Tomas Rosicky: Goodbye, Little Mozart
"Like a conductor of an orchestra always picking the right notes in a symphony. Like Little Mozart."
I was amidst a conversation with one of my closest confidants about how the game has changed since we first started watching the sport, when the crushing reality of the time that has passed us by, hit me. Hard. Suddenly, the horrible realization that almost all of my childhood heroes growing up are now hanging up their boots came to the fore and I panicked.
Pirlo, Xavi, Totti, Ronaldinho. Well, not Ronaldinho, because he'll probably be kicking it about in some street in Porto Alegre in Southern Brazil even when he's sixty; honestly, the man is a phenomenon. But Andres Iniesta... No more Andres Iniesta.
"Will the game lose its allure?"
Roughly 24 hours past that conversation I was looking at Tomas Rosicky play his final game over a patchy internet connection, all of 4,348 miles away from where it was happening. And it was clear as daylight...
The hurt that accompanies idolizing, worshipping, apotheosizing, in my opinion, the greatest striker of his generation, Thierry Henry, since before I could tell time, and then not going on to watch him play football with my own eyes has had its lasting consequences which often manifest in the form of cranky petulant behavior toward loved ones. I reckon it must be that.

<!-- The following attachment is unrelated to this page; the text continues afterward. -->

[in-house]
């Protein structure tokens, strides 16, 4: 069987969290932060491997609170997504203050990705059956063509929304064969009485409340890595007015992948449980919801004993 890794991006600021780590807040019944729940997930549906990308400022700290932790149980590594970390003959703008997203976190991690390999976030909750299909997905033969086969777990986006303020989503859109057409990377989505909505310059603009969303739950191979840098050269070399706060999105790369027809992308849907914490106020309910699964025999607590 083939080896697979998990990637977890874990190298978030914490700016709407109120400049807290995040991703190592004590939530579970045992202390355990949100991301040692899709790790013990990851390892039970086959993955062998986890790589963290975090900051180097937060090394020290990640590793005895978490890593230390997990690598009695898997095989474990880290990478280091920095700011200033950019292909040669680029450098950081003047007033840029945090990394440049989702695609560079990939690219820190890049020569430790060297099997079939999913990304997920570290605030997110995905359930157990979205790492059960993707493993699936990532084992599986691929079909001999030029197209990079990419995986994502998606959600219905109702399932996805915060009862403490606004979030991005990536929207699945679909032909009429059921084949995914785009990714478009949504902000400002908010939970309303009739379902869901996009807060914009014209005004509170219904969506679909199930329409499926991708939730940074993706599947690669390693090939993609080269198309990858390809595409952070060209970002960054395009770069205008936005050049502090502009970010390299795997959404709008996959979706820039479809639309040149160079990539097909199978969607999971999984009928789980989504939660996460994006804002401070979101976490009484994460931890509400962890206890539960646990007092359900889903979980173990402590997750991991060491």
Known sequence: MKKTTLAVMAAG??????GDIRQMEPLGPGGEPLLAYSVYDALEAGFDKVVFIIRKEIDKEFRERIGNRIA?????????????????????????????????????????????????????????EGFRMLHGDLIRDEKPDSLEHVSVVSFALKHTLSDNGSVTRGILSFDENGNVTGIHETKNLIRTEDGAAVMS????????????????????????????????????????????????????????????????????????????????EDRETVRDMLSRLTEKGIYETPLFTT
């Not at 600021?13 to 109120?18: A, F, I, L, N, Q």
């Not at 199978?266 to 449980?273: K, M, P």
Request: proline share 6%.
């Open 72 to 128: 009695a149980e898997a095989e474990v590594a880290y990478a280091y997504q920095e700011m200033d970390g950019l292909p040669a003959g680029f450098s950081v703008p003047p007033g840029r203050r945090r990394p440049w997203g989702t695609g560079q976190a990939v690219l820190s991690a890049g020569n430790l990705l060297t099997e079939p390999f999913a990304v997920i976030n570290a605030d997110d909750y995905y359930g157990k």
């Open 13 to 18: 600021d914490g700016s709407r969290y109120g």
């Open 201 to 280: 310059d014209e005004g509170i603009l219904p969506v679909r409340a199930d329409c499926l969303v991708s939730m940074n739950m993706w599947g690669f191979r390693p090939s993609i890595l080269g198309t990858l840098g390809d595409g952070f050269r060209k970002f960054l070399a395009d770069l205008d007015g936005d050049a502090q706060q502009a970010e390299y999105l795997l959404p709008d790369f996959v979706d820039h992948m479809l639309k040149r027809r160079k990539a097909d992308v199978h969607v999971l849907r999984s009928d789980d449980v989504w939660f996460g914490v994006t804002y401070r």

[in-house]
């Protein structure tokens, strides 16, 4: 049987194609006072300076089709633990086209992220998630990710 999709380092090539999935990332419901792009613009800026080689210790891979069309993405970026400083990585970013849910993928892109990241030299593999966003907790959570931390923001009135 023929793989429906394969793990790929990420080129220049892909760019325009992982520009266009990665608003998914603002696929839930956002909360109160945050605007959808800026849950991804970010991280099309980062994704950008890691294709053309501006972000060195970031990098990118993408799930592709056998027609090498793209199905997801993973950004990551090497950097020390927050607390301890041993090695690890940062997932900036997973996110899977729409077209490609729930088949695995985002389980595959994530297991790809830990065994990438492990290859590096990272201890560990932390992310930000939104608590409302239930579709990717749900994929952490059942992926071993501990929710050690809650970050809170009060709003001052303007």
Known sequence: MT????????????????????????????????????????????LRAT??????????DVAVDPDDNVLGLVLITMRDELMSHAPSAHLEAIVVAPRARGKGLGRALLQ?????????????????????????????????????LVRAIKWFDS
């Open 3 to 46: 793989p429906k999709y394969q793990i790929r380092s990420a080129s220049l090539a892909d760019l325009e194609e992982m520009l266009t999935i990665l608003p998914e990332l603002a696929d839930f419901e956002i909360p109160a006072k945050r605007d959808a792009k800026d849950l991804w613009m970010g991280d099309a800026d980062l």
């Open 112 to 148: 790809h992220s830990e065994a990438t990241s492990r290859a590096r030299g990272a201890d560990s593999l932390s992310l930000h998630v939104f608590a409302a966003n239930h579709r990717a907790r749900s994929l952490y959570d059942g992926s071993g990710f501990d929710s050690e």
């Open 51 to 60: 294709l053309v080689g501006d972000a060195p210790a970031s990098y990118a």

Let alone witnessing one of the greatest specimens of the game - my all-time favourite, the possibility of not being able to watch any of the players from the era I started watching football in was now staring me in the face. Well, of course, all but Ronaldinho. Seriously, the man's a force of nature.
One such player who will probably slip through the pages of history, when the sport is recounted and retold many decades from now, will be a player who, if not restricted by injuries, would be bestowed with the same level of adulation as the names mentioned before.
With a tendency for the spectacular and the consistency to match, the Czech was a delight to watch every time he stepped onto a football pitch. He has been plagued by injury throughout his career, having suffered eight different instances of hamstring problems and seven thigh-related issues. That might've diminished his chances of fulfilling his potential, but never his love for the game.
Now, after spending over 550 hours on the grass, with his final few minutes in front of him, the smile on his face which could, as has his talent, light up the Emirates only typified the way he approached the game all through the dark times.
The little that we did get to see of him was bordering on perfection. Flagrant disregard for the norm, the audacious outside of the boot stuff, belting it in from 30 yards out, the no-look pass culminating in a volley from the edge of the box, the most ludicrous combination of one-touch football before dinking it over the keeper. Every bit of it was magical. Surreal.
Like an artist filling up the white spaces on a blank canvas with colors of ecstasy. Like the conductor of an orchestra always picking the right notes in a symphony. Like Little Mozart.